ABO blood grouping was first described by Karl Landsteiner in 1900, based on the presence or absence of specific antigens on the human red blood cell (RBC) membrane. Blood type is classified as group A, B, O, or AB depending on whether the RBC membranes contain antigen A, antigen B, neither antigen, or both antigens, respectively [9, 10]. The other important blood system is the Rhesus (Rh) system. This system is determined by the nature of different proteins present on the surface of erythrocytes [9].

Many diseases, particularly digestive disorders, cancer, and infection, show preferences among the ABO blood types [9]. Blood group A has been associated with increased risks of certain tumor types, colitis, and gallstones [11, 12, 13], whereas non-O blood groups have been associated with cardiovascular diseases [14, 15], including ischemic heart disease and atherosclerosis [16].

Knowledge of blood groups and their association with oral diseases is very important, as it may help in early diagnosis and treatment strategies‏ [5]. Although several studies have investigated the relationship between ABO blood groups, and medical diseases, few reports have explored the association with oral diseases, including periodontal disease.

1.1. Objectives

The study aimed to investigate the distribution of patients with oral and dental health problems according to age, regions, Socio-demographic Variables, and blood groups in the Tripoli region.

2. Materials and Methods

The present cross-sectional study was carried out on 200 subjects with oral and dental health problems attending Six medical centers in Tripoli region from the 01st March 2022 to the 01st June 2022, and 100 healthy individuals with healthy gingival, aged from 15 to 80 years. Subjects were selected from among patients who were referred to the clinics of dentistry in the Tripoli region for periodontal treatment and for other dental health reasons.

Ethical approval and patients consent statements were taken from every patient. The study design was reviewed and approved by the Ethical Committee of the medical centers and Libyan Academy of graduate studies.

The study was done in two phases, during the first phase blood samples of all the study subjects were collected and were sent for estimation of the ABO blood group, and Rh factor in the hospital laboratory. During the second phase of the study, the demographic data (gender, age, educational level, marital status, and other diseases) were recorded on a questionnaire, and an oral health examination was carried out in the department of public health dentistry.

All the clinical measurements were made using a manual periodontal probe (Williams’ periodontal probe) on the gingival area adjacent to the teeth of each participant. The subjects were examined clinically for the presence of plaque, gingival bleeding, clinical attachment level, and probing pocket depth. The following indices were determined: DMFT (decayed, missing, and filled permanent teeth), DMFS (decayed, missing, and filled permanent surfaces), DEFT (decayed, extracted, and filled deciduous teeth), DEFS (decayed, extracted, and filled deciduous surfaces), GI (Gingival Index) [17] and PI (Plaque Index) [18], Deep grooves, and White spots were also recorded by the same dentist.

2.1. Blood sampling and determination of blood groups

A blood sample of one ml was drawn by venous puncture from each participant. The blood samples were collected in K, EDTA tubes for the determination of blood groups.

Blood groups were determined by using open slide methods where a drop of a blood sample from sterile finger pricks was placed into three different locations on a clean glass slide followed by a drop of blood grouping reagents, anti-A, anti-B, and anti-D. The reagents and the blood were mixed using a clean stick, and spread by moving gently. After one minute, the test slide was checked for agglutination.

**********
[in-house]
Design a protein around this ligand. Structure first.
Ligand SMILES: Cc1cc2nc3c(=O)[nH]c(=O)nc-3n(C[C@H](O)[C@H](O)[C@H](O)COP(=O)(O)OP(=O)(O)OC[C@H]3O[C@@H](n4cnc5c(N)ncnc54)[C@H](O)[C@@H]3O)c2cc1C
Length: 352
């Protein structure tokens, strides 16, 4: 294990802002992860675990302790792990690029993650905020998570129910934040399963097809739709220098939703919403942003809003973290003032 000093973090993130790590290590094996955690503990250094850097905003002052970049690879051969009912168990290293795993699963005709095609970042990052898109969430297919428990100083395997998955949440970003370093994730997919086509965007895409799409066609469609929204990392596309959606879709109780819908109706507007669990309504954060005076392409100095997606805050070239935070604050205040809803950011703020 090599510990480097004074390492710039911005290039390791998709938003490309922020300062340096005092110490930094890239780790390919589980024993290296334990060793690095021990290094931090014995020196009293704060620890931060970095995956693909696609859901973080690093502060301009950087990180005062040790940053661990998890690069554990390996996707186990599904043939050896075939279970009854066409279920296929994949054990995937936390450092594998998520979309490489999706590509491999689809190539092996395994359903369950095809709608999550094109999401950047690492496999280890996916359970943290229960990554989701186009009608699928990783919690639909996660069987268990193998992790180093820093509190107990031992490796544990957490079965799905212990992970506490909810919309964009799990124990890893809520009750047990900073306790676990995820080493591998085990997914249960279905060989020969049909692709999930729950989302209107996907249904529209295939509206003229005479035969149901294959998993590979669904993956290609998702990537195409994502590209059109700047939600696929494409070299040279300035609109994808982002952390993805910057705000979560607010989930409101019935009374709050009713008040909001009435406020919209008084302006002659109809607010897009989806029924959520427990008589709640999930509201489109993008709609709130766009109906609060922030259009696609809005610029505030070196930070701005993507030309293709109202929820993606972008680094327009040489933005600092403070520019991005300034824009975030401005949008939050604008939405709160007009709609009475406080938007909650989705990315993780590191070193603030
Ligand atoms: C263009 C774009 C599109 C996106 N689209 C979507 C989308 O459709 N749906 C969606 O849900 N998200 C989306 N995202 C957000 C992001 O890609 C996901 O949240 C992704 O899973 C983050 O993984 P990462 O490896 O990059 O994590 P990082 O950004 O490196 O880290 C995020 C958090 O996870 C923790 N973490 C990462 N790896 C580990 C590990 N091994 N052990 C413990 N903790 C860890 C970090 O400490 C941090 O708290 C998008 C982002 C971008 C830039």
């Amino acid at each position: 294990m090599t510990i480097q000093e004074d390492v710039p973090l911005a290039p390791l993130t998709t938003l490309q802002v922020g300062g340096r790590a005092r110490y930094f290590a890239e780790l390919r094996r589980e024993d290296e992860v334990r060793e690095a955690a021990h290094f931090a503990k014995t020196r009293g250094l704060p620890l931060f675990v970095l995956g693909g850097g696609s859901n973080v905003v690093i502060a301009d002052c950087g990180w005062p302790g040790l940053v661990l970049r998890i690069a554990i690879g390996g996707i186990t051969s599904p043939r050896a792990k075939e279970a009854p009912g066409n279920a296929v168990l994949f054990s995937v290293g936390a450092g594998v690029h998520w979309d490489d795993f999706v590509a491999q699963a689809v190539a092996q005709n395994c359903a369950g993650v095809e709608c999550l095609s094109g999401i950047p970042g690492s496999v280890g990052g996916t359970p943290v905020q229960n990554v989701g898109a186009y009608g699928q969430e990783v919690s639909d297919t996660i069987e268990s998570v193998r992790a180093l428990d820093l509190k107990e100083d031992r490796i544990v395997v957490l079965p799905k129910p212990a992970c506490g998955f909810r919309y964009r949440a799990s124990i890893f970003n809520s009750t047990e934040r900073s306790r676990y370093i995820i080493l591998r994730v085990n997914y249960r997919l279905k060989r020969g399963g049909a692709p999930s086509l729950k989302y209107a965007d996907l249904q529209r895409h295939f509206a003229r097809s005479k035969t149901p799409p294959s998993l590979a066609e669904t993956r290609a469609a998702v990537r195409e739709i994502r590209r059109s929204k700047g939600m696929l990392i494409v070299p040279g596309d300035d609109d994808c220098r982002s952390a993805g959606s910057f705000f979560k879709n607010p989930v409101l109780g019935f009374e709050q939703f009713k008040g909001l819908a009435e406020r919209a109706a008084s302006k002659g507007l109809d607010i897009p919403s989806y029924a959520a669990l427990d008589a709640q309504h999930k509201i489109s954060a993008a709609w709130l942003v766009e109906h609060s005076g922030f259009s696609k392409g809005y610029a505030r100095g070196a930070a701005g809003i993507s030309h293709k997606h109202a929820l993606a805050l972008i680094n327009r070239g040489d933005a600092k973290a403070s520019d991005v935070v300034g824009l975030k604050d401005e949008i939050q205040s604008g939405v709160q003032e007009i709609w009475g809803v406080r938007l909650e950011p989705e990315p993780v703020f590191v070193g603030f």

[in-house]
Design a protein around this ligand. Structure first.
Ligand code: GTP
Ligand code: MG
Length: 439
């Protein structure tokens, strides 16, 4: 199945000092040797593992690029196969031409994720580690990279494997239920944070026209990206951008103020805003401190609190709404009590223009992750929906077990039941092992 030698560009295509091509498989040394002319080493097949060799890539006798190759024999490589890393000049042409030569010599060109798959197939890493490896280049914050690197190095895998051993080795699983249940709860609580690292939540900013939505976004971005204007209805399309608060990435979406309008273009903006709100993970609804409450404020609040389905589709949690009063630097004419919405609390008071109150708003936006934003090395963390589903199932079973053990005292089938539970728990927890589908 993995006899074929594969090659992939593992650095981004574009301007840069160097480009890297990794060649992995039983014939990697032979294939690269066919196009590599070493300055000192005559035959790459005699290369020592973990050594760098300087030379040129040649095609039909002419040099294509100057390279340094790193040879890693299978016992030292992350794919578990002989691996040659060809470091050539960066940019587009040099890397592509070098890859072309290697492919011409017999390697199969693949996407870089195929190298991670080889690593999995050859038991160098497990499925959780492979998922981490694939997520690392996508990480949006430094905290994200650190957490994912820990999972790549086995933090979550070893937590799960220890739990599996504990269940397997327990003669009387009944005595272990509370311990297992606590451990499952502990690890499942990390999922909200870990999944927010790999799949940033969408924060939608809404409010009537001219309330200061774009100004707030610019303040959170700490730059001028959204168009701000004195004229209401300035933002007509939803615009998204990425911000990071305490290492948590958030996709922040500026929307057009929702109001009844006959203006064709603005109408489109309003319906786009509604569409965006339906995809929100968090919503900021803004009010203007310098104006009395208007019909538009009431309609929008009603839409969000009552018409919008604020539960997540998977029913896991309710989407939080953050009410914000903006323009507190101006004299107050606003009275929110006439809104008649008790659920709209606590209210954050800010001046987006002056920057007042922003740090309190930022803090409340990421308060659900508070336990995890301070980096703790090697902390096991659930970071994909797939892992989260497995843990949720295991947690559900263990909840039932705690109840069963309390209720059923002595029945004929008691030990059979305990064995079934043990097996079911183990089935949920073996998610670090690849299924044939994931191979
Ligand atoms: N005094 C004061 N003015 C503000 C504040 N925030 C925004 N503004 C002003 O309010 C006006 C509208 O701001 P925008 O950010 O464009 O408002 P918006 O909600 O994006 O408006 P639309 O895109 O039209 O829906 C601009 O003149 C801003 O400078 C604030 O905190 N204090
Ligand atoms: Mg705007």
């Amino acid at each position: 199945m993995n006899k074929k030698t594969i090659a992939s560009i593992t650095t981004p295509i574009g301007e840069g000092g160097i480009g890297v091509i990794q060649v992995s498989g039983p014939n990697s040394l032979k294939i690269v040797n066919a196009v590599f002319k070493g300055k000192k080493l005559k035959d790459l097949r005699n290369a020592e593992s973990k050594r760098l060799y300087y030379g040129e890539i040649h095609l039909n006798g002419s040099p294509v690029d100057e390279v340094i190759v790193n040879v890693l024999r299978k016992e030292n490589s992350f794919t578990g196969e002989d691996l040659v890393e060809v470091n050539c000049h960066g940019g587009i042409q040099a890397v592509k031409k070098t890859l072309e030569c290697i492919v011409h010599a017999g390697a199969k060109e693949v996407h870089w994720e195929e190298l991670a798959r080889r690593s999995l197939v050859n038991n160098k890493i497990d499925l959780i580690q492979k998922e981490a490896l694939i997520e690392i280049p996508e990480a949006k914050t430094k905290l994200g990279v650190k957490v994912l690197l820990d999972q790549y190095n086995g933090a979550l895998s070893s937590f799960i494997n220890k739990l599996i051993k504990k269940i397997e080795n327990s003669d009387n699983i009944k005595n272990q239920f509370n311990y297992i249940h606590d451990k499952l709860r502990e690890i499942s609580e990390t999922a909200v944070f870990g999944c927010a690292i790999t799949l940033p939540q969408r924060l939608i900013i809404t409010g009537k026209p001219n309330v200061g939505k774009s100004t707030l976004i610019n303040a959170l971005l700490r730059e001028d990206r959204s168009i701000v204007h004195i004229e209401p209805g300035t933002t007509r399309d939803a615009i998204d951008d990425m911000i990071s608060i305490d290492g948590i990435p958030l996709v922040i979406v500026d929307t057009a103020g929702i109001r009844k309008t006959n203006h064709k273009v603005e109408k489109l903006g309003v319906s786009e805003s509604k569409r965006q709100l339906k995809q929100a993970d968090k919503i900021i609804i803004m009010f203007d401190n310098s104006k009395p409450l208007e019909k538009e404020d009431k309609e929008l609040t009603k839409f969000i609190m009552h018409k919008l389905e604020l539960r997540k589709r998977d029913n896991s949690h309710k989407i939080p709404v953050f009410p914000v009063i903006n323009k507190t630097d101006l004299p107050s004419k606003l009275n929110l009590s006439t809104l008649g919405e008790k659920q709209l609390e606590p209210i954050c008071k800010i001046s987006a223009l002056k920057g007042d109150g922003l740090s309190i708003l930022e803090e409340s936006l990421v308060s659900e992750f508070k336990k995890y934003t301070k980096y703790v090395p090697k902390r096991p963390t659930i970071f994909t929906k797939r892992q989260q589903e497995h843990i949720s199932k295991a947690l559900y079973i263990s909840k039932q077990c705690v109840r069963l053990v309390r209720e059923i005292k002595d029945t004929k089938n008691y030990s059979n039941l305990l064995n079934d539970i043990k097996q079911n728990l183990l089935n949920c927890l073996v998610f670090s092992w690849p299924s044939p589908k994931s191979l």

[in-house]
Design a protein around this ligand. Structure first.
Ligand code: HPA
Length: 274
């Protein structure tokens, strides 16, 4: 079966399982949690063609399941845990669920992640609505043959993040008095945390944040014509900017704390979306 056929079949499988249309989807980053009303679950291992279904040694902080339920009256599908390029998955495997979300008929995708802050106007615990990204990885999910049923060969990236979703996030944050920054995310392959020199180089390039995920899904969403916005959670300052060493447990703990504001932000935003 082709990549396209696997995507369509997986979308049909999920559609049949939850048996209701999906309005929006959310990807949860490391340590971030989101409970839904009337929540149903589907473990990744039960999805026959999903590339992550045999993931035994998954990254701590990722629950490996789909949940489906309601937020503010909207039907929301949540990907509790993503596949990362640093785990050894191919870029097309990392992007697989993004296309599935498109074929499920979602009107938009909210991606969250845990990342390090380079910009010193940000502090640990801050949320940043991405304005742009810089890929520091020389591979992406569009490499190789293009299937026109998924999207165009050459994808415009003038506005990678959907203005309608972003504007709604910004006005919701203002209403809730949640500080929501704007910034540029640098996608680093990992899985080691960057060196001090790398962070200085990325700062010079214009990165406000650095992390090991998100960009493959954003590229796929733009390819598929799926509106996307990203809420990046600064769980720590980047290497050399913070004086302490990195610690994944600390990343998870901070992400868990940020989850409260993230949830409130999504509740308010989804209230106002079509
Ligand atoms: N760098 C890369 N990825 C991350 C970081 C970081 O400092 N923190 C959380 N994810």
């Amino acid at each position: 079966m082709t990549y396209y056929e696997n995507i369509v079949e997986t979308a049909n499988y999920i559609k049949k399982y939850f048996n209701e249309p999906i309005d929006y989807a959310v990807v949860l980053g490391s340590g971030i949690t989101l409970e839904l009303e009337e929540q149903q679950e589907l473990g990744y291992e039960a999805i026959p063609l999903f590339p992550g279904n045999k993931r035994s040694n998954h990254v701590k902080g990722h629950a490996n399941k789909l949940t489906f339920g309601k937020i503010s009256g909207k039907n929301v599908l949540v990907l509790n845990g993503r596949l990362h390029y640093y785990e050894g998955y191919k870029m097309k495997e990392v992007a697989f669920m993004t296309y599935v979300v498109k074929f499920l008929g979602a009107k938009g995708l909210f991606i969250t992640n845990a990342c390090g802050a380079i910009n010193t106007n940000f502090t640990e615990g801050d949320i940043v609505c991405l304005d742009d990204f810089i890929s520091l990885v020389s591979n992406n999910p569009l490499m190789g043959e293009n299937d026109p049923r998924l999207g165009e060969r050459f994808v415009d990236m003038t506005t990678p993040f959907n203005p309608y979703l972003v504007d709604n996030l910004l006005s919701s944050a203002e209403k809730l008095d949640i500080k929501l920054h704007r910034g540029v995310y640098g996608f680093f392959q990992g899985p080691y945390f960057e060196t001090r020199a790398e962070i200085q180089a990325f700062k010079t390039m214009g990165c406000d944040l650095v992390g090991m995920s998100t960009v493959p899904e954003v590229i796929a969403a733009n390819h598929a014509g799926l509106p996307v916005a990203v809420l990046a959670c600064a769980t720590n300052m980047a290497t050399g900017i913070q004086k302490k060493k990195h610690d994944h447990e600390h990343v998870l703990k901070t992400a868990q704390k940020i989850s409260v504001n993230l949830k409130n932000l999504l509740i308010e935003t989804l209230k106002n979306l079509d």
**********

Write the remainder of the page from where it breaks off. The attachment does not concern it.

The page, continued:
2.2. Statistical Analysis

The data were analyzed with the Chi-Square test by using SPSS ver. 25. A P-value of <0.05 was considered significant for all statistical tests.

3. Results

The results showed that the highest mean age in patients with oral and dental health problems group (43.03±13.82 years, with range 16–75 years) compared with the control group (31.66±8.45 years, with range 18-51years).

3.1. Distribution of patients with oral and dental health problems according to gender

The Distribution of patients with oral and dental health problems according to gender was 157 females (78.5%) and 43 males (21.5%) (Table 1 and Figure 1).

3.2. Distribution of patients with oral and dental health problems according to age groups

Data in Table 2 and figure 2 show the distribution of patients with oral and dental health problems according to age groups. The higher distribution of patients with oral and dental health problems was 58 patients (29%) in the age group (26-35) years while the lower distribution was 10 patients (5%) in the age group (66-75) years.

3.3. Distribution patients with oral and dental health problems according to the regions

The Distribution of patients with oral and dental health problems according to the regions were 81.5%, 13%, 4%, and 1.5% in Tripoli, South Tripoli, West Tripoli, and East Tripoli, respectively (Table 3 and Figure 3).

3.4. Distribution of patients with oral and dental health problems according to occupation

The Distribution of patients with oral and dental health problems according to occupation were 4.5% Students, 30% Housewives, 10.5% Employers, 12.5% Teachers, 14% Nurses, 7.5% Doctors, 12.5% Laboratory Technicians and 8.5% Freelance workers (Table 4 and Figure 4).

3.5. Distribution of patients with oral and dental health problems according to levels of education

The distribution of patients with oral and dental health problems according to levels of education were 23.5% Pre-Secondary, 19% Secondary, 46% Bachelor's or equivalent, and 11.5% Master's or equivalent (Table 5 and Figure 5).

3.6. Distribution of patients with oral and dental health problems according to marital status